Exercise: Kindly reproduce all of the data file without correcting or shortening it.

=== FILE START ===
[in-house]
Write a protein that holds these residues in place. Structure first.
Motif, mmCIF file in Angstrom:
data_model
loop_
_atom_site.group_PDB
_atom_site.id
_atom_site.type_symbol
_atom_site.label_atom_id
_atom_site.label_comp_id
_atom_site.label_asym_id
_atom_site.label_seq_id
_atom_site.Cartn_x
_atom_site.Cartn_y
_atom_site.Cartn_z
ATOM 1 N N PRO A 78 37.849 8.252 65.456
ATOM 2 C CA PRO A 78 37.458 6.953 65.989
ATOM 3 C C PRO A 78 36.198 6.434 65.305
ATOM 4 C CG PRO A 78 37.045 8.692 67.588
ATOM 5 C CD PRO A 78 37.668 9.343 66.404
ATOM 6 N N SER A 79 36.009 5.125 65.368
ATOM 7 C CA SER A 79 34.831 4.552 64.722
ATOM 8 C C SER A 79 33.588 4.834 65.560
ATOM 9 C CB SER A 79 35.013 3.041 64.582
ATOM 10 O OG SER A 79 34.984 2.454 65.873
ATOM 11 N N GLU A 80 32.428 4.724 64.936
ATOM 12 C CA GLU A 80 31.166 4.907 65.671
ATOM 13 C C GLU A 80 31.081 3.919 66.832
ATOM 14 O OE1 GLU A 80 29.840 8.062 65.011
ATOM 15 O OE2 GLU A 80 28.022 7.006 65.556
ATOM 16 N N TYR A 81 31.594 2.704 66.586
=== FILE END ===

[in-house]
Write a protein that holds these residues in place. Structure first.
Motif, mmCIF file in Angstrom:
data_model
loop_
_atom_site.group_PDB
_atom_site.id
_atom_site.type_symbol
_atom_site.label_atom_id
_atom_site.label_comp_id
_atom_site.label_asym_id
_atom_site.label_seq_id
_atom_site.Cartn_x
_atom_site.Cartn_y
_atom_site.Cartn_z
ATOM 1 N N PRO A 78 37.849 8.252 65.456
ATOM 2 C CA PRO A 78 37.458 6.953 65.989
ATOM 3 C C PRO A 78 36.198 6.434 65.305
ATOM 4 C CG PRO A 78 37.045 8.692 67.588
ATOM 5 C CD PRO A 78 37.668 9.343 66.404
ATOM 6 N N SER A 79 36.009 5.125 65.368
ATOM 7 C CA SER A 79 34.831 4.552 64.722
ATOM 8 C C SER A 79 33.588 4.834 65.560
ATOM 9 C CB SER A 79 35.013 3.041 64.582
ATOM 10 O OG SER A 79 34.984 2.454 65.873
ATOM 11 N N GLU A 80 32.428 4.724 64.936
ATOM 12 C CA GLU A 80 31.166 4.907 65.671
ATOM 13 C C GLU A 80 31.081 3.919 66.832
ATOM 14 O OE1 GLU A 80 29.840 8.062 65.011
ATOM 15 O OE2 GLU A 80 28.022 7.006 65.556
ATOM 16 N N TYR A 81 31.594 2.704 66.586